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The most notable example was this burr walnut veneered meuble a fards at Sotheby’s Bond Street commissioned in 1928 from Emile Jacques Ruhlmann and S. Foucault by M. Paul Dormann as a wedding present for his daughter Xenia. A particularly good example of his work (“one of the great set pieces by Ruhlmann”, said Sotheby’s Philippe Garner), it was also substantially boosted by its watertight provenance. Offered for sale by Xenia’s daughter, it came with contemporary documentation detailing its history, including a certificate with facsimiles of the branded signature and atelier, plus an explanatory letter from Ruhlmann confirming that one certificate would be kept by the firm, and another lodged with the archive of the Musée des Arts Decoratifs.

Sotheby’s £150,000-200,000 estimate fully ackowledged the importance of the piece and it still managed to outstrip those predictions at £250,000.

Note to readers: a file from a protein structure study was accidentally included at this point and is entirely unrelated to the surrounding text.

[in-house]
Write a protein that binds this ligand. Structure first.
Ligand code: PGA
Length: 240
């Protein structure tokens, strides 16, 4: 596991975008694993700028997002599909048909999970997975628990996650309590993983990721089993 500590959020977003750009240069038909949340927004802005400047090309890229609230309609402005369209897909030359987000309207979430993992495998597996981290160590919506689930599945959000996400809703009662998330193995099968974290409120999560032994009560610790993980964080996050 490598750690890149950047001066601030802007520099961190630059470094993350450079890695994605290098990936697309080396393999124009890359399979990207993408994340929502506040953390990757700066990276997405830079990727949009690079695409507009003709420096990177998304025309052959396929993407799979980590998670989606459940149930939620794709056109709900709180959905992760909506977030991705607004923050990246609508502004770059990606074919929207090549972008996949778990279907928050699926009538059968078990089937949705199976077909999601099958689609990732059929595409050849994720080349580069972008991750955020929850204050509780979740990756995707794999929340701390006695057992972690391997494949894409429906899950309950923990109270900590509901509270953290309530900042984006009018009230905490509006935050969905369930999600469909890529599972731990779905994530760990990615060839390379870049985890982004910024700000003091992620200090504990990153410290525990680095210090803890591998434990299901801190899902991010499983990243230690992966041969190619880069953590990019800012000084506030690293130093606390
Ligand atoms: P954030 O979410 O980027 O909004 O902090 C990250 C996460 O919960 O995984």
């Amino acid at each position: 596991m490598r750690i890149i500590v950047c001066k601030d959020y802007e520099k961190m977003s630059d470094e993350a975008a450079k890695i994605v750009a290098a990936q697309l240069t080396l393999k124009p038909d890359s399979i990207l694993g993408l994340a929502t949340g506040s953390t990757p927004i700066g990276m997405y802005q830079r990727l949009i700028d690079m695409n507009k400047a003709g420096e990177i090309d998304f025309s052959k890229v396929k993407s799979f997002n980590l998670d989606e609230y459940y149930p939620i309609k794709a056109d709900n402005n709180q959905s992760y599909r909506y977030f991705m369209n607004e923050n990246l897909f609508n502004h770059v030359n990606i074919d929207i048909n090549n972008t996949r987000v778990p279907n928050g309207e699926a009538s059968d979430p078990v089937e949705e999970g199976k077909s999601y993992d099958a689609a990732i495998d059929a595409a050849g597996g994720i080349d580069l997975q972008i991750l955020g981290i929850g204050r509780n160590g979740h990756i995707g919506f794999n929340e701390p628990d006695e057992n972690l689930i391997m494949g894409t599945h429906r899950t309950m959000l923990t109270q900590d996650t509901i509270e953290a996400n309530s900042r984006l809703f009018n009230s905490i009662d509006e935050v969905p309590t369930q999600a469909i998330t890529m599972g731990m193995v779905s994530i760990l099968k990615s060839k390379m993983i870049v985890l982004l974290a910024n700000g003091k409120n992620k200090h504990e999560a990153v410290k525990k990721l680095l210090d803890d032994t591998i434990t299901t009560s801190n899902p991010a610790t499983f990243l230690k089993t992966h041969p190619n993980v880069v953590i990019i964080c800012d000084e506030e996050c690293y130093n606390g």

The auctioneers also obtained a respectable £62,000 for a black lacquer bed of c.1933 to a design first shown by Ruhlmann at the 1929 Salon des Artistes Decorateurs, but other less expensively estimated pieces by the designer had less success, as did a section of pieces by Jean Dunand, and when it came to the 1930s to ’50s pieces by the likes of Royère and a section of later work by key Modernist and post modern designers, hardly anything found a buyer.

Christie’s King Street’s select 89-lot sale proved even more difficult, with most of the furniture left unsold. Talking after the auction, their specialist Adam Chadwick gave his analysis of the current situation.
He reckoned that the demand was still there for good pieces by top Deco names, as indicated by the price of the Ruhlmann meuble or the £30,000 paid for an Edgar Brandt lamp of c.1925 in their own sale, but that those from a rung or two down the ladder; works from the ’30s and ’40s and those by less familiar names were much more difficult to sell. His sale, for example, included a 16-lot section of 1930–35 works by two less familiar members of the Lyon School: Michel Zadounisky and André Sournay, which saw just two lots sell, while the 24-lot 1930–80 selection that followed did not perform any better.